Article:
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Jeremy Fink and the Meaning of Life: 10/15/16
Wendy Mass's books always end up deeper than they first seem. Even the most straightforward sounding plots end up having numerous layers. Jeremy Fink and the Meaning of Life is no exception. The titular character is on a quest to learn more about his father but he's stuck doing community service at the same time and he can feel the clock ticking down to this birthday — the time he's supposed to learn what advice his father had left for him.
Jeremy is a boy of habits. He likes to collect mutant candy (and I can't help wonder if they're from Logan's factory). It's not that Logan's parents are sloppy with their candy making operation, it's just that oddballs do slip through.
Jeremy also doesn't like to leave his neighborhood. He may live in a big city (New York) with access to loads of mass transit, but he prefers to stick to the familiar places. All told, Jeremy reminds me of Joe Sylvester from Sarah Weeks and Gita Varadarajan's Save Me a Seat.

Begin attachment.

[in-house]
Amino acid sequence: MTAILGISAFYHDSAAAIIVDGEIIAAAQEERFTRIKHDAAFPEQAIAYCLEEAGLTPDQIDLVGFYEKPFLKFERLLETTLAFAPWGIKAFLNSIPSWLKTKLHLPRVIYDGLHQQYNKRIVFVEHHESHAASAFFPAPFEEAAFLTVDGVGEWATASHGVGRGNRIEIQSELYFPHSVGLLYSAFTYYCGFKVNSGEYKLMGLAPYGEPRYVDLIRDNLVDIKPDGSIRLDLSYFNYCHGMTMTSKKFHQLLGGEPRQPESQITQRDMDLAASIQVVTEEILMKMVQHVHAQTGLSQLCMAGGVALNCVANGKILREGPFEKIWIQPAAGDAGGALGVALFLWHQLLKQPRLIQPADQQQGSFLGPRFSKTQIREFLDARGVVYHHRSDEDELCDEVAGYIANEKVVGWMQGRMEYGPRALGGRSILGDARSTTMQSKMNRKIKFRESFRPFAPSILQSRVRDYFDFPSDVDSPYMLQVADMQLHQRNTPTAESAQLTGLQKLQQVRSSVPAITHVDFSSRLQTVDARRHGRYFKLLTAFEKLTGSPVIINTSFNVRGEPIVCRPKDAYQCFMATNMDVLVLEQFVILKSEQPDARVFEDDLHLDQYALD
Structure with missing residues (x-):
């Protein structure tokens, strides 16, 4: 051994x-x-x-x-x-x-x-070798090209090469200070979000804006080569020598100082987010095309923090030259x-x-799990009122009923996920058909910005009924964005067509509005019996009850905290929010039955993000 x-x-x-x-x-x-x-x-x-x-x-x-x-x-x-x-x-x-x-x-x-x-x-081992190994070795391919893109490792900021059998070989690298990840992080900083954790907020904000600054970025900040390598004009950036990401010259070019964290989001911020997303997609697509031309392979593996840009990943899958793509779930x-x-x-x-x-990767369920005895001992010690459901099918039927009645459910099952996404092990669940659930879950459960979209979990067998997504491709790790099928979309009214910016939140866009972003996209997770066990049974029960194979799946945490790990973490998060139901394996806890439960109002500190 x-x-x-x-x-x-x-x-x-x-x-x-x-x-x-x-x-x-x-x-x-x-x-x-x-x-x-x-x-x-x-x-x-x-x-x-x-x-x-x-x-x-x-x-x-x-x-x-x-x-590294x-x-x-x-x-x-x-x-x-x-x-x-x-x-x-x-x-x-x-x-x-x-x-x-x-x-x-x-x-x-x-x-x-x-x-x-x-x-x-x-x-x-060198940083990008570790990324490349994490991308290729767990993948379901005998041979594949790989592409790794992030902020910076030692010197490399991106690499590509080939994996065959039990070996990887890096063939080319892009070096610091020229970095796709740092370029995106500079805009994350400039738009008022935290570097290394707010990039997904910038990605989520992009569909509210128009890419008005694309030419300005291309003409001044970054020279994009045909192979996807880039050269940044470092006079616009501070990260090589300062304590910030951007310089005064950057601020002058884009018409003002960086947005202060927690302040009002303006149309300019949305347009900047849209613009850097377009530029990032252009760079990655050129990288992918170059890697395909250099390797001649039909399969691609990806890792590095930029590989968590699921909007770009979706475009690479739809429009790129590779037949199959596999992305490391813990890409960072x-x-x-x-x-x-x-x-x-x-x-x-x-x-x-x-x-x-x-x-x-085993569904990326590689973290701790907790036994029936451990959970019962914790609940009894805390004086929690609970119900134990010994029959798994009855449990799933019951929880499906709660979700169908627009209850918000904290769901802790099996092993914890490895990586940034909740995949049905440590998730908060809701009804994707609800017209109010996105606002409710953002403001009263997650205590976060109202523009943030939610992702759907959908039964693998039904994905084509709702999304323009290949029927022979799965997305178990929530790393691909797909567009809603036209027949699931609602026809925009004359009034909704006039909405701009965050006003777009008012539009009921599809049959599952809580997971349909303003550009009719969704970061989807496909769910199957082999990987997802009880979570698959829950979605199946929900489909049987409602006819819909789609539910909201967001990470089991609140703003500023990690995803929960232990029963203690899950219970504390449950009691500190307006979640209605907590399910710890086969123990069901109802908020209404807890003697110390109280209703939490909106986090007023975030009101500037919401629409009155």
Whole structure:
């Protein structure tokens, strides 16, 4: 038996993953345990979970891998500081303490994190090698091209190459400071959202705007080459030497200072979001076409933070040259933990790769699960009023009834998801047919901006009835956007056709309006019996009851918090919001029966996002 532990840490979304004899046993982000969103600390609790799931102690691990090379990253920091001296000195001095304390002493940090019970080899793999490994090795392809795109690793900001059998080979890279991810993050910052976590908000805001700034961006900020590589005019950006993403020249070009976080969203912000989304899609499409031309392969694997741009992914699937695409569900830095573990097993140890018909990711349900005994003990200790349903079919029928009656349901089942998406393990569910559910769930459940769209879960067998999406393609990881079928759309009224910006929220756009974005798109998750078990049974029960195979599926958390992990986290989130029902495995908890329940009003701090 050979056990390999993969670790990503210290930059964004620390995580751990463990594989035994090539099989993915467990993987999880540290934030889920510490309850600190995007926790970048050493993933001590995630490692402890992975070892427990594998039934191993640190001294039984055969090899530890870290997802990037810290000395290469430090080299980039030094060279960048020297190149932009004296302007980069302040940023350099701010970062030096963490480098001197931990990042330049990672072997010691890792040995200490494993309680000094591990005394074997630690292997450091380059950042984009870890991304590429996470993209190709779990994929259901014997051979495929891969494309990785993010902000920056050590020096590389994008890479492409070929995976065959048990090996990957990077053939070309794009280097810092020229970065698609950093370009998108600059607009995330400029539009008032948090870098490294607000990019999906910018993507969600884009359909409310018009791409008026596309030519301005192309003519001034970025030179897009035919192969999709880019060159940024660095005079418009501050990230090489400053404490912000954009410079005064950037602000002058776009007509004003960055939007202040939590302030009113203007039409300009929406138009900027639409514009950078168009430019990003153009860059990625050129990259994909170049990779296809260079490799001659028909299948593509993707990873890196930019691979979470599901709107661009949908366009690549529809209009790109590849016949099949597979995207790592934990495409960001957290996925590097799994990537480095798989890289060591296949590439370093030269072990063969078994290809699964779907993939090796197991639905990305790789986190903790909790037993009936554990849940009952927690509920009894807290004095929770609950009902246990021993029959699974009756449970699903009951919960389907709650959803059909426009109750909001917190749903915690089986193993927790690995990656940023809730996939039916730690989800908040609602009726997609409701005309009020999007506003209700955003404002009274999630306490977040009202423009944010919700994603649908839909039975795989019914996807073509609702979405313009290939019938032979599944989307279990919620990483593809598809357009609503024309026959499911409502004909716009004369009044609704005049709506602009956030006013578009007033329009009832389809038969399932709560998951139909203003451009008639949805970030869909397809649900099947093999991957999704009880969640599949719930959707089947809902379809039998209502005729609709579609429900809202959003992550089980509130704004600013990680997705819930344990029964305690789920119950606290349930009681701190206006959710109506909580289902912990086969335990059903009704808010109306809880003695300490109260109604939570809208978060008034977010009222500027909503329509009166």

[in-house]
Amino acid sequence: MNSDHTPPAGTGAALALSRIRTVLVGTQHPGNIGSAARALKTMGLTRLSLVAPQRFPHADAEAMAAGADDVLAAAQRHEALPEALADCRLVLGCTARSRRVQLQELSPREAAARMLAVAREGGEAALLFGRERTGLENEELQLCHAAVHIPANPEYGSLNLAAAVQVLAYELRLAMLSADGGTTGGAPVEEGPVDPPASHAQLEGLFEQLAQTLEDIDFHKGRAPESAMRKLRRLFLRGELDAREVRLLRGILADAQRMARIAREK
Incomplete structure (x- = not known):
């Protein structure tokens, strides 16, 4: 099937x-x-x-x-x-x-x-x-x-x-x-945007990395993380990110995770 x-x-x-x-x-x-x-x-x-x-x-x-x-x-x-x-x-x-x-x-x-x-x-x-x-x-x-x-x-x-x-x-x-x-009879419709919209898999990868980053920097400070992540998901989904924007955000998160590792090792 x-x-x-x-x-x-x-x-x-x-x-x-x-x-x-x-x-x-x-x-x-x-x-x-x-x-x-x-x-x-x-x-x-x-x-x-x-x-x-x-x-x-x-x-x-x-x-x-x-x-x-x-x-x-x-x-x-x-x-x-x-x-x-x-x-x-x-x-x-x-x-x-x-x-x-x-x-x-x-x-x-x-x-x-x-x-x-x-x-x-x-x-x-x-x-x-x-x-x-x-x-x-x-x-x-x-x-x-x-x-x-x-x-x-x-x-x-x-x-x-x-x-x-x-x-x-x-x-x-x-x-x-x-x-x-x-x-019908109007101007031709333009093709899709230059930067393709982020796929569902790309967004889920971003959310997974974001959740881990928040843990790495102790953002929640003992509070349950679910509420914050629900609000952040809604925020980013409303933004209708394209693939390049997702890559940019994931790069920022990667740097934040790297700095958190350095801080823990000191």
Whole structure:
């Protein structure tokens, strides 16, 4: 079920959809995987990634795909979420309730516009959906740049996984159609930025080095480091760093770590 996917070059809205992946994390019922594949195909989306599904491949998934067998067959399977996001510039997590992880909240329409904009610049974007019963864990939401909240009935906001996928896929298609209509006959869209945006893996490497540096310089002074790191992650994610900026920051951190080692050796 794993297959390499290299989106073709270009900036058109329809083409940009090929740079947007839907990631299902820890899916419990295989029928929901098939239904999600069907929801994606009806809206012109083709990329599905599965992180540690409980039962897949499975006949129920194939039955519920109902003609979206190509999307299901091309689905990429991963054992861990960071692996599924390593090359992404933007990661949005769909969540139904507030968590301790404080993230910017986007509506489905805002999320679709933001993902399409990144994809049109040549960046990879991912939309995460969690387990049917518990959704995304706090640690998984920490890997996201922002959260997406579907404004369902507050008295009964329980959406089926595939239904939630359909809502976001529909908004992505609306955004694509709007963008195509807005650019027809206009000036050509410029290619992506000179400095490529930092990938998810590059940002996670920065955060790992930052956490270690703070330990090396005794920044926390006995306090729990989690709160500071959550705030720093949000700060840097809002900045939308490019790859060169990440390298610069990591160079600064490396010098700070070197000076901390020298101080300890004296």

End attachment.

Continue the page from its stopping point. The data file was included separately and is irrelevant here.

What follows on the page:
Jeremy, though, does have a friend who sticks with him through thick and thin. She also, knows how to help him push personal boundaries and try new things. That's especially true after a beautiful wooden box is delivered to Jeremy with a note saying that all the of his father's advice is locked inside with an apology that the keys have been lost.
That set up is the start of a caper — namely the misadventures to unlock the box. Lizzy's lateral thinking is great for tracking down clues for the keys. But it also lands them both in trouble — and with mandatory community service.
Wendy Mass writes realistic fiction. Her worlds sometimes skin along edge of the plausible but when a book is set in New York with a man who has ties to Great Depression and doesn't seem to age even though his former clients obviously have, it's hard not to jump to supernatural conclusions. I should point out I was also finishing up James Ponti's Dead City trilogy at the time — so zombies in New York were at the front of my imagination.
But this book is a caper — a straight up caper — that uses the treasure hunt for the keys to reflect on life, death, and superstitions. Through their community service, Jeremey learns he's not the only one in this massive city who feels most comfortable in his own familiar blocks and with his own routines. He also learns that the city and by extension life itself is up to the beholder — every person has their own experience and their own philosophy.
It's a quietly compelling book.